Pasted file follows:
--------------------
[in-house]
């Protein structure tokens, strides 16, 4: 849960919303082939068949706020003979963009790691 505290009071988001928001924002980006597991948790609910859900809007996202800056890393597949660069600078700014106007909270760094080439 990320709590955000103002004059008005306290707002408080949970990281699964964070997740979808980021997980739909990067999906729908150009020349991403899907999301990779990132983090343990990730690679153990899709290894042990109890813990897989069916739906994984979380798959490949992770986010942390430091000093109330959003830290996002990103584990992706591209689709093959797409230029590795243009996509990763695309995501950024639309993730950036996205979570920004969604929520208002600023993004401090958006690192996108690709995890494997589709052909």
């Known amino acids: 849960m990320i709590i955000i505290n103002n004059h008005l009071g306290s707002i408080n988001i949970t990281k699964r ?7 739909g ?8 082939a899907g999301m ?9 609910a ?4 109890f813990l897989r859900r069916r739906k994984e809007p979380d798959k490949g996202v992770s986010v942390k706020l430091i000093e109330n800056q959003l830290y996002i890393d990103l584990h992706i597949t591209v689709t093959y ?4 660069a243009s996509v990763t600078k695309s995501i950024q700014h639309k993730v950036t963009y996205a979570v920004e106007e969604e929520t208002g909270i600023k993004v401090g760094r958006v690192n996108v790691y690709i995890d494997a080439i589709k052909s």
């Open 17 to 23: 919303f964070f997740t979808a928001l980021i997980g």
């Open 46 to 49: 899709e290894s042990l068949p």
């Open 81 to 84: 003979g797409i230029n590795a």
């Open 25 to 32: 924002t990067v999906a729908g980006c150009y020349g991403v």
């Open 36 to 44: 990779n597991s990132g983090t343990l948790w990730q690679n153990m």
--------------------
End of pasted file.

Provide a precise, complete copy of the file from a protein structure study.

[in-house]
């Protein structure tokens, strides 16, 4: 849960919303082939068949706020003979963009790691 505290009071988001928001924002980006597991948790609910859900809007996202800056890393597949660069600078700014106007909270760094080439 990320709590955000103002004059008005306290707002408080949970990281699964964070997740979808980021997980739909990067999906729908150009020349991403899907999301990779990132983090343990990730690679153990899709290894042990109890813990897989069916739906994984979380798959490949992770986010942390430091000093109330959003830290996002990103584990992706591209689709093959797409230029590795243009996509990763695309995501950024639309993730950036996205979570920004969604929520208002600023993004401090958006690192996108690709995890494997589709052909």
């Known amino acids: 849960m990320i709590i955000i505290n103002n004059h008005l009071g306290s707002i408080n988001i949970t990281k699964r ?7 739909g ?8 082939a899907g999301m ?9 609910a ?4 109890f813990l897989r859900r069916r739906k994984e809007p979380d798959k490949g996202v992770s986010v942390k706020l430091i000093e109330n800056q959003l830290y996002i890393d990103l584990h992706i597949t591209v689709t093959y ?4 660069a243009s996509v990763t600078k695309s995501i950024q700014h639309k993730v950036t963009y996205a979570v920004e106007e969604e929520t208002g909270i600023k993004v401090g760094r958006v690192n996108v790691y690709i995890d494997a080439i589709k052909s």
């Open 17 to 23: 919303f964070f997740t979808a928001l980021i997980g």
């Open 46 to 49: 899709e290894s042990l068949p």
């Open 81 to 84: 003979g797409i230029n590795a």
């Open 25 to 32: 924002t990067v999906a729908g980006c150009y020349g991403v």
């Open 36 to 44: 990779n597991s990132g983090t343990l948790w990730q690679n153990m």